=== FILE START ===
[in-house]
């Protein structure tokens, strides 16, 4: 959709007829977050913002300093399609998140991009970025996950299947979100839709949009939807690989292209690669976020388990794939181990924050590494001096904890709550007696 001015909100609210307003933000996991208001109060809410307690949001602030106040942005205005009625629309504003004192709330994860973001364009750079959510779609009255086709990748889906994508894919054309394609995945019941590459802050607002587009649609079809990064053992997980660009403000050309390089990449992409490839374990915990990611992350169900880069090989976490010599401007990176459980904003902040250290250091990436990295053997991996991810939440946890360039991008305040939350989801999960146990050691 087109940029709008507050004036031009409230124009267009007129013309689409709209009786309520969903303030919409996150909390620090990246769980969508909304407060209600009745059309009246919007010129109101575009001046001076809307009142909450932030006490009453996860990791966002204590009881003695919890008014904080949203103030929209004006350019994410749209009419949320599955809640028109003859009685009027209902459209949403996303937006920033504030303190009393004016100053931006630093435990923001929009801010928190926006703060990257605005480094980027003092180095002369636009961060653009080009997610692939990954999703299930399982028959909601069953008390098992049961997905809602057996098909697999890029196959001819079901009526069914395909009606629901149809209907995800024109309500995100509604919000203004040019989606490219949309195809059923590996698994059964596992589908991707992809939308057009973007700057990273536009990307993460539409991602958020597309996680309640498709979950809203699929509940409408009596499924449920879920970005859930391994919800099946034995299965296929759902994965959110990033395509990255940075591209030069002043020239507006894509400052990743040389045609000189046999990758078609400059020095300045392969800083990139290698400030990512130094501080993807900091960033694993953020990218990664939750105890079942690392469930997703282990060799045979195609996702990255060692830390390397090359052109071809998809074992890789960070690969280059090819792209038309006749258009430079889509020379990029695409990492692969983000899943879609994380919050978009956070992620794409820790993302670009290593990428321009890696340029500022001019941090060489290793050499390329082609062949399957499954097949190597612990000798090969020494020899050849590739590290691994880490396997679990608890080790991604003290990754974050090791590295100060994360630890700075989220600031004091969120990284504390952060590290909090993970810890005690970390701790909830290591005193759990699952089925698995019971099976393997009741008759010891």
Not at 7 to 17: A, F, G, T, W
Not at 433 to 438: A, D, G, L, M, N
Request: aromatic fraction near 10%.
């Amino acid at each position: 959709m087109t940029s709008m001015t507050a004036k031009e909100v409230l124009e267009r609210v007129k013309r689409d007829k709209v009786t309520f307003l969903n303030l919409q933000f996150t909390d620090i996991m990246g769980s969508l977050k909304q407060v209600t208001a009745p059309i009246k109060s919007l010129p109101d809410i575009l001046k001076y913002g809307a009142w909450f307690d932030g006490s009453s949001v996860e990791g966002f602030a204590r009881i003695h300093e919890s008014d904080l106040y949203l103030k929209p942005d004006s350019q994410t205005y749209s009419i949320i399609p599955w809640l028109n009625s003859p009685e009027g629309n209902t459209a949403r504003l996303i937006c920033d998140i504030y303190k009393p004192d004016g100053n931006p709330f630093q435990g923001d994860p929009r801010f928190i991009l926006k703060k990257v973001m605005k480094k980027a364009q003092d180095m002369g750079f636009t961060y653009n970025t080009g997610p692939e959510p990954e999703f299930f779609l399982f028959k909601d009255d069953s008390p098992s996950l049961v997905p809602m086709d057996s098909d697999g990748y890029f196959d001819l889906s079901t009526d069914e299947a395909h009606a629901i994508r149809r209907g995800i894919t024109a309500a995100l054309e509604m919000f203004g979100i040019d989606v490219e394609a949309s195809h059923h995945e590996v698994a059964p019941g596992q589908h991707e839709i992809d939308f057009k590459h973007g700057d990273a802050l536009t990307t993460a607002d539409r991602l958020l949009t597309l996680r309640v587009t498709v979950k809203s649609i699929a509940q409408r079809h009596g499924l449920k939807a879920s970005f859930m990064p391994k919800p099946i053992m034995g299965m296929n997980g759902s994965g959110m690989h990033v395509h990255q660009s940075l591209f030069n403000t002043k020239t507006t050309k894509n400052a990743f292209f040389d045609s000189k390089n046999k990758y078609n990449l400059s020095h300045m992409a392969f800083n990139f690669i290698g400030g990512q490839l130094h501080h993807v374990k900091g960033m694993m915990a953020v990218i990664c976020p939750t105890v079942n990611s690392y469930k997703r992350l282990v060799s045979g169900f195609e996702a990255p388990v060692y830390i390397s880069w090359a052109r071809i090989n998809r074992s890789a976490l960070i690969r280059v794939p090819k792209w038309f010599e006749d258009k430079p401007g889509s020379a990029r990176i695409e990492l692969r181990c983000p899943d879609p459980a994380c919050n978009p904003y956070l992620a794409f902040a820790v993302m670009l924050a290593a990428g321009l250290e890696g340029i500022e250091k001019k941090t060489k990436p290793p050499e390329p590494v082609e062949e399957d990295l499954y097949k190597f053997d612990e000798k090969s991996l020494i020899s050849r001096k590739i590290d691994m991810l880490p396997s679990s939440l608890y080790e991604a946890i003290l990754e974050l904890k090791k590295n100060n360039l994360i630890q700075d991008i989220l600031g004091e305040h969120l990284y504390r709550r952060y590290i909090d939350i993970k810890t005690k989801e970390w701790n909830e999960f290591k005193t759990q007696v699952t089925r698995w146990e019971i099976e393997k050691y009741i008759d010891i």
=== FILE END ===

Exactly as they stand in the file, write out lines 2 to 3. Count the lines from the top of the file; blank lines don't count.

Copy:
């Protein structure tokens, strides 16, 4: 959709007829977050913002300093399609998140991009970025996950299947979100839709949009939807690989292209690669976020388990794939181990924050590494001096904890709550007696 001015909100609210307003933000996991208001109060809410307690949001602030106040942005205005009625629309504003004192709330994860973001364009750079959510779609009255086709990748889906994508894919054309394609995945019941590459802050607002587009649609079809990064053992997980660009403000050309390089990449992409490839374990915990990611992350169900880069090989976490010599401007990176459980904003902040250290250091990436990295053997991996991810939440946890360039991008305040939350989801999960146990050691 087109940029709008507050004036031009409230124009267009007129013309689409709209009786309520969903303030919409996150909390620090990246769980969508909304407060209600009745059309009246919007010129109101575009001046001076809307009142909450932030006490009453996860990791966002204590009881003695919890008014904080949203103030929209004006350019994410749209009419949320599955809640028109003859009685009027209902459209949403996303937006920033504030303190009393004016100053931006630093435990923001929009801010928190926006703060990257605005480094980027003092180095002369636009961060653009080009997610692939990954999703299930399982028959909601069953008390098992049961997905809602057996098909697999890029196959001819079901009526069914395909009606629901149809209907995800024109309500995100509604919000203004040019989606490219949309195809059923590996698994059964596992589908991707992809939308057009973007700057990273536009990307993460539409991602958020597309996680309640498709979950809203699929509940409408009596499924449920879920970005859930391994919800099946034995299965296929759902994965959110990033395509990255940075591209030069002043020239507006894509400052990743040389045609000189046999990758078609400059020095300045392969800083990139290698400030990512130094501080993807900091960033694993953020990218990664939750105890079942690392469930997703282990060799045979195609996702990255060692830390390397090359052109071809998809074992890789960070690969280059090819792209038309006749258009430079889509020379990029695409990492692969983000899943879609994380919050978009956070992620794409820790993302670009290593990428321009890696340029500022001019941090060489290793050499390329082609062949399957499954097949190597612990000798090969020494020899050849590739590290691994880490396997679990608890080790991604003290990754974050090791590295100060994360630890700075989220600031004091969120990284504390952060590290909090993970810890005690970390701790909830290591005193759990699952089925698995019971099976393997009741008759010891």
Not at 7 to 17: A, F, G, T, W